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New Member

Wireless connectivity issues

Hi. We are a very small organization that uses wireless connection. We use a Linksys router, with 4 PC's connected. We increased to 6 employees and now the connection is constantly on and off (worst than before). Our IT consultant suggested us to go to wired. Is this the only solution or is there something else we can do to don't waste the existing wireless investment?


Re: Wireless connectivity issues


Your data throughput is mostly dependent on your internet connection and the contract you have with the ISP. If there are six users on a 1.5Mbps connection (for example) it is possible for one user to consume more bandwidth downloading a large file while the others suffer in the balance. Wired access will use the same amount of bandwidth for the same users but allow you to specify the connection speed through the switch and shape your data traffic. A larger internet pipe will provide better response times, although it will add cost.

It may be beneficial to check your access point and be sure it is secure. I have attached the example chapter from a book on wireless security, which should lead you in a direction to prevent unauthorized users from "piggybacking" on your internet connection. If your access point is not secure chances are someone (or more) individuals may be using you as their ISP.

Hope that helps a little. If this does not answer your question please post more specifics and we can reply.



New Member

Re: Wireless connectivity issues

Tom, thanks. I checked with our ISP and in fact we were at 1.5Mbps connection. If I understood correctly, increasing the current speed should make some diferrence. I upgraded our connection to 3.0/7.68 at not extra charge. I hope this fixes the problem, we will see tomorrow. Thanks for your comments!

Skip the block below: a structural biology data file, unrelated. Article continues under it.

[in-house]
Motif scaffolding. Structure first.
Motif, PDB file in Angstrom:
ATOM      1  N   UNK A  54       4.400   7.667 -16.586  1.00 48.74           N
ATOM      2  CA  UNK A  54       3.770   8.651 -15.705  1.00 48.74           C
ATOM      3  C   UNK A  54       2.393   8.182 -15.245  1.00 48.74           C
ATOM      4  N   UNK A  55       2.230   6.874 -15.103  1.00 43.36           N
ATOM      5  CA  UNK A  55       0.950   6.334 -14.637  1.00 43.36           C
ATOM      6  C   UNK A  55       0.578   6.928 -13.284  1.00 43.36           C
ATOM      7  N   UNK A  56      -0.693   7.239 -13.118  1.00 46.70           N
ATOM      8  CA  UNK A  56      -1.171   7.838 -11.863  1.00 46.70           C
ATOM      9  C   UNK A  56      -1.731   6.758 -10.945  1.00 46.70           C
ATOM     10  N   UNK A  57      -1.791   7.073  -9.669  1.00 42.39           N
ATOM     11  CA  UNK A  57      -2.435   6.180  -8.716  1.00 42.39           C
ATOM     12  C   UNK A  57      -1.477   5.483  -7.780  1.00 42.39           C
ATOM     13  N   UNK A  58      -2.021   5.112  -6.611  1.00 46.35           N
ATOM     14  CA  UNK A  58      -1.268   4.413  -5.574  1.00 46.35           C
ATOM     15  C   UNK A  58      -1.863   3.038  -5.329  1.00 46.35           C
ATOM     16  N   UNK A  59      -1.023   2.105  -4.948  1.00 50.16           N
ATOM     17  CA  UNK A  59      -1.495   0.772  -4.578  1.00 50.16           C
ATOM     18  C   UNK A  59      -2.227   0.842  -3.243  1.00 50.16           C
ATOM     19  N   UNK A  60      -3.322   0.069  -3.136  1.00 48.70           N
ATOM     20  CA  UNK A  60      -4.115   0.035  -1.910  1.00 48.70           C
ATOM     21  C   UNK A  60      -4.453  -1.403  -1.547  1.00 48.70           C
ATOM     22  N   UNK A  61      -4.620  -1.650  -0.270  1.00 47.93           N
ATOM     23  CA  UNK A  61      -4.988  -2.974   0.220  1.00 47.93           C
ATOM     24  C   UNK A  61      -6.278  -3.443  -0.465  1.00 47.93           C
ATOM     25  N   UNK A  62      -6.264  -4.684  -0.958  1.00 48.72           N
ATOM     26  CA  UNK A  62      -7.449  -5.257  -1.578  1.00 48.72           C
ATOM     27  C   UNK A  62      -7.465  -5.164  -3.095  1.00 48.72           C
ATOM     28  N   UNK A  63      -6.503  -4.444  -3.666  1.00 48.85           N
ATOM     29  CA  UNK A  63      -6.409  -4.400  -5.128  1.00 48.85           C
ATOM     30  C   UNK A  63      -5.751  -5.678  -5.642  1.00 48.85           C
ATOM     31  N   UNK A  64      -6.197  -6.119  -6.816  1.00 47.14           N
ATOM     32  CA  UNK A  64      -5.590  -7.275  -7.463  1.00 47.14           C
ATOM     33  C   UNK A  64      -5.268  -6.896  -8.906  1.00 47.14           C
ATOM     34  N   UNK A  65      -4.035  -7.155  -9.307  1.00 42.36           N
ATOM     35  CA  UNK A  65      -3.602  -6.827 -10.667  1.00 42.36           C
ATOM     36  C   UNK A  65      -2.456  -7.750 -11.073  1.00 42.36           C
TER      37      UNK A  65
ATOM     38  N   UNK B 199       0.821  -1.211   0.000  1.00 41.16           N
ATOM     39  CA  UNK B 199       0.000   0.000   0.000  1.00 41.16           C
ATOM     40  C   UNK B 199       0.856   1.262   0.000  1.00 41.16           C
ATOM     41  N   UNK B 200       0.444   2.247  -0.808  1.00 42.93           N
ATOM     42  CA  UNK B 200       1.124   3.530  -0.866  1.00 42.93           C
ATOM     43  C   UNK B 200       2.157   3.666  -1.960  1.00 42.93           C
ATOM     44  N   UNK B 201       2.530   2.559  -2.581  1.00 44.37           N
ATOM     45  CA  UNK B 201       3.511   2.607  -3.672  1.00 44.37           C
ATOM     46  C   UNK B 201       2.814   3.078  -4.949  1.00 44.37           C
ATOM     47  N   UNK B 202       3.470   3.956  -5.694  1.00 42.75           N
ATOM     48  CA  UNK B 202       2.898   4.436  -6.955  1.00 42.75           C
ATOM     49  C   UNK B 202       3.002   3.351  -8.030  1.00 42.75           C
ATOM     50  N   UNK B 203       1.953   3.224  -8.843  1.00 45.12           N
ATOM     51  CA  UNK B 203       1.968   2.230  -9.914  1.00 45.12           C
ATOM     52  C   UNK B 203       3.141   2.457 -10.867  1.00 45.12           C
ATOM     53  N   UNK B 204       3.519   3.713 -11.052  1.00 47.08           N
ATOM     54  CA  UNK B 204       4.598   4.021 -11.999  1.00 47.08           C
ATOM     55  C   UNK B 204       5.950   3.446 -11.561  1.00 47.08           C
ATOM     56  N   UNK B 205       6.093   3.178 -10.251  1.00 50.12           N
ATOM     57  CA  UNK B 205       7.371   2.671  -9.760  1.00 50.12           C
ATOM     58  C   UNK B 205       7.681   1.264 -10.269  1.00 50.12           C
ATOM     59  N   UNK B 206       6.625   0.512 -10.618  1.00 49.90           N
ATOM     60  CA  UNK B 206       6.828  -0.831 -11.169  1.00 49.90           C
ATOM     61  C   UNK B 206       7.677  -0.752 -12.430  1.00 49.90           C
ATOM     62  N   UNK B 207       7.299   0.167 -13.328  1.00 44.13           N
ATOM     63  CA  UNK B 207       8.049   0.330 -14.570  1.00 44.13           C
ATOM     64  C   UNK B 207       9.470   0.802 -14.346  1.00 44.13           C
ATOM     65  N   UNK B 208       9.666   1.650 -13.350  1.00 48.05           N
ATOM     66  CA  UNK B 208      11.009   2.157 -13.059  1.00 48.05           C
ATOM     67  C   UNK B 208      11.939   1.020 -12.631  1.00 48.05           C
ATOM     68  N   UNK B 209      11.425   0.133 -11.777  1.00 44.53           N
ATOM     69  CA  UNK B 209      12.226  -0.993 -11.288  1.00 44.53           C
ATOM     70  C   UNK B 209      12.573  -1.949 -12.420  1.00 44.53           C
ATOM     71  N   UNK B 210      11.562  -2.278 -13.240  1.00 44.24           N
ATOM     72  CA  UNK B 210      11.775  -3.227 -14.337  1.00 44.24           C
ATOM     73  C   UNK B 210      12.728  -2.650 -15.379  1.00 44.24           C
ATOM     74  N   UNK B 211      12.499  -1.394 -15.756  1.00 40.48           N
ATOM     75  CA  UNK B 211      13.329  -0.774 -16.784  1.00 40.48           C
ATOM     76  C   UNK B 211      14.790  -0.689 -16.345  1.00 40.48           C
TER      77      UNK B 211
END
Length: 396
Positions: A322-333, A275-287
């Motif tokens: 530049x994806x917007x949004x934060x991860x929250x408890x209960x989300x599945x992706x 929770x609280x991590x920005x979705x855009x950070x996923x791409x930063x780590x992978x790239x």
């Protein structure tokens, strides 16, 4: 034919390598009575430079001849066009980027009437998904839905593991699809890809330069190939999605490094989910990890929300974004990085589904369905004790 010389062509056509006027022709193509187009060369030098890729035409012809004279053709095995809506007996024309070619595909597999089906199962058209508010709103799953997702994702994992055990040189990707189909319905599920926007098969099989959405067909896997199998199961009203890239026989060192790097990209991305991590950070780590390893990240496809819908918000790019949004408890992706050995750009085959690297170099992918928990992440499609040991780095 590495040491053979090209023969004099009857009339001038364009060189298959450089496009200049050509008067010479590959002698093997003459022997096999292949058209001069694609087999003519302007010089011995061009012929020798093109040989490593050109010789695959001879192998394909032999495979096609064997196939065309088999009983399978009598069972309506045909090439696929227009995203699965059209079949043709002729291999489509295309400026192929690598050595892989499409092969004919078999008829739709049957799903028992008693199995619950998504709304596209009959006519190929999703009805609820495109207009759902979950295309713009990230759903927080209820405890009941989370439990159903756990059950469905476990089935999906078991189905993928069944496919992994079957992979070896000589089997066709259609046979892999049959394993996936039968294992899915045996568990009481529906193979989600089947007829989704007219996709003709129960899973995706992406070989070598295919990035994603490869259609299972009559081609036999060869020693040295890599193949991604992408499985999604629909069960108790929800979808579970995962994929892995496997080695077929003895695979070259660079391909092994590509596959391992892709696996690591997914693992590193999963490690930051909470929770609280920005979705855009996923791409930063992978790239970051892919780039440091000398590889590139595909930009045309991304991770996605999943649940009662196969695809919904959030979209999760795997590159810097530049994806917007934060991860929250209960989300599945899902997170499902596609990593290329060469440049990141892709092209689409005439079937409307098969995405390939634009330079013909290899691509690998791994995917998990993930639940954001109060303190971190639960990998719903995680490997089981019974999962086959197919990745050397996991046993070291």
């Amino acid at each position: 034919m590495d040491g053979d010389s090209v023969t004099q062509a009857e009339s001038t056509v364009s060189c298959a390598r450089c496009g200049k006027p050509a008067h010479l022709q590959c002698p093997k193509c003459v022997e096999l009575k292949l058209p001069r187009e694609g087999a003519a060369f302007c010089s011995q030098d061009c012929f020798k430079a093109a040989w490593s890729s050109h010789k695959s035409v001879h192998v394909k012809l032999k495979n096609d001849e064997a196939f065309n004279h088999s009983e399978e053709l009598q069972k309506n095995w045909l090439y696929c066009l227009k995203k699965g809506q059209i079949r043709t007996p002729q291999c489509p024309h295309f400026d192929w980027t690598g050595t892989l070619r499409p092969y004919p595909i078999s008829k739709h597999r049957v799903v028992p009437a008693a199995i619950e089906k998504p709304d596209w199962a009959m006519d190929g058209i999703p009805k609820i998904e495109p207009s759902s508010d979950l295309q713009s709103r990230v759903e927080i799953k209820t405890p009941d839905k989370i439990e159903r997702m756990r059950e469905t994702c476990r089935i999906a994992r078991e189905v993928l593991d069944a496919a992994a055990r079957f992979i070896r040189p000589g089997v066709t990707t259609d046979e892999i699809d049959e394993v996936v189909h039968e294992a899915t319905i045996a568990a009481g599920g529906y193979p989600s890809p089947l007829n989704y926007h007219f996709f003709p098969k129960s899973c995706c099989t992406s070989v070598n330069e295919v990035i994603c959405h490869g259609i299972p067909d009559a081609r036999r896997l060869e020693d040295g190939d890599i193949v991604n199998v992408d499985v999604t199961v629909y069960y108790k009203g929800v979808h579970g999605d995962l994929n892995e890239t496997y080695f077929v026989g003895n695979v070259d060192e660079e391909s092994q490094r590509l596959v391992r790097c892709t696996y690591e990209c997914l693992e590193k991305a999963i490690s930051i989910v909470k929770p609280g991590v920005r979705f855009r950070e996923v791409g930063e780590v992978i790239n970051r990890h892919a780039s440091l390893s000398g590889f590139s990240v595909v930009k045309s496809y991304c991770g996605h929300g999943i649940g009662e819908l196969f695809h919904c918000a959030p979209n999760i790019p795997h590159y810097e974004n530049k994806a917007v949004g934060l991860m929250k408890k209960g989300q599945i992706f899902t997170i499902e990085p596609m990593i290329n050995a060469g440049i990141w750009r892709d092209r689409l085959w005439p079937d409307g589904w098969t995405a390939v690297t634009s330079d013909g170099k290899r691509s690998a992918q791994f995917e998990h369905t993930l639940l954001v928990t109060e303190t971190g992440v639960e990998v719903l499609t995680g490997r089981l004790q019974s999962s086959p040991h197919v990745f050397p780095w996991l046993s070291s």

Re: Wireless connectivity issues

If your refering to the clients acctually looses connectivity to the AP, then this has nothing to do with your ISPs connection.

Wireless is a rather fragile technology in terms of howmany different items can effect it. You may have a neighbor who recently purchased an AP who overlaps with yours causing co-channel interference (CCI) or maybe adjacent channel interference. Also there are known issues with several manufactors cards where depending on your driver version, they can suffer from self strangulation.

Simply put by the amount of information that you have presented to us, it isnt enough. Heck the luch room microwave can cause this as well. =)

One thing i should note, that while the ISP connection does control your speed to the internet it does NOT control the speed between the client and the AP.


Re: Wireless connectivity issues

Robert makes a great point here. Wireless is a two way communication, so the client and the AP must agree on how to transfer data. I have had MANY issues with laptops with built in WiFi and their sporadic connectivity. Cisco AP's are normally tolerant of other client chipsets. But check and see if the client is a Broadcom based chipset, updating the drivers can really go a long way. On the Linksys stuff, make sure the preambles (long, short or auto) match on both the client and the AP. Start will auto and then go to long if that does not work. Play around with it and see. Some vendors play loose and fast with the 802.11 standards to improve performance like cheating on the CTS timers that kinda stuff...

New Member

Re: Wireless connectivity issues

One thing you may want to do is go online and google a Speedtest to find out what you are guys are using.

We have ran into the same scenario at one of our offices with only 6 employees. If you increase their bandwidth and can, great. But when you can not... oh.oh. It helps to know what bandwidth they are using.

Check out this link to do a speed test. There are many of them on the web.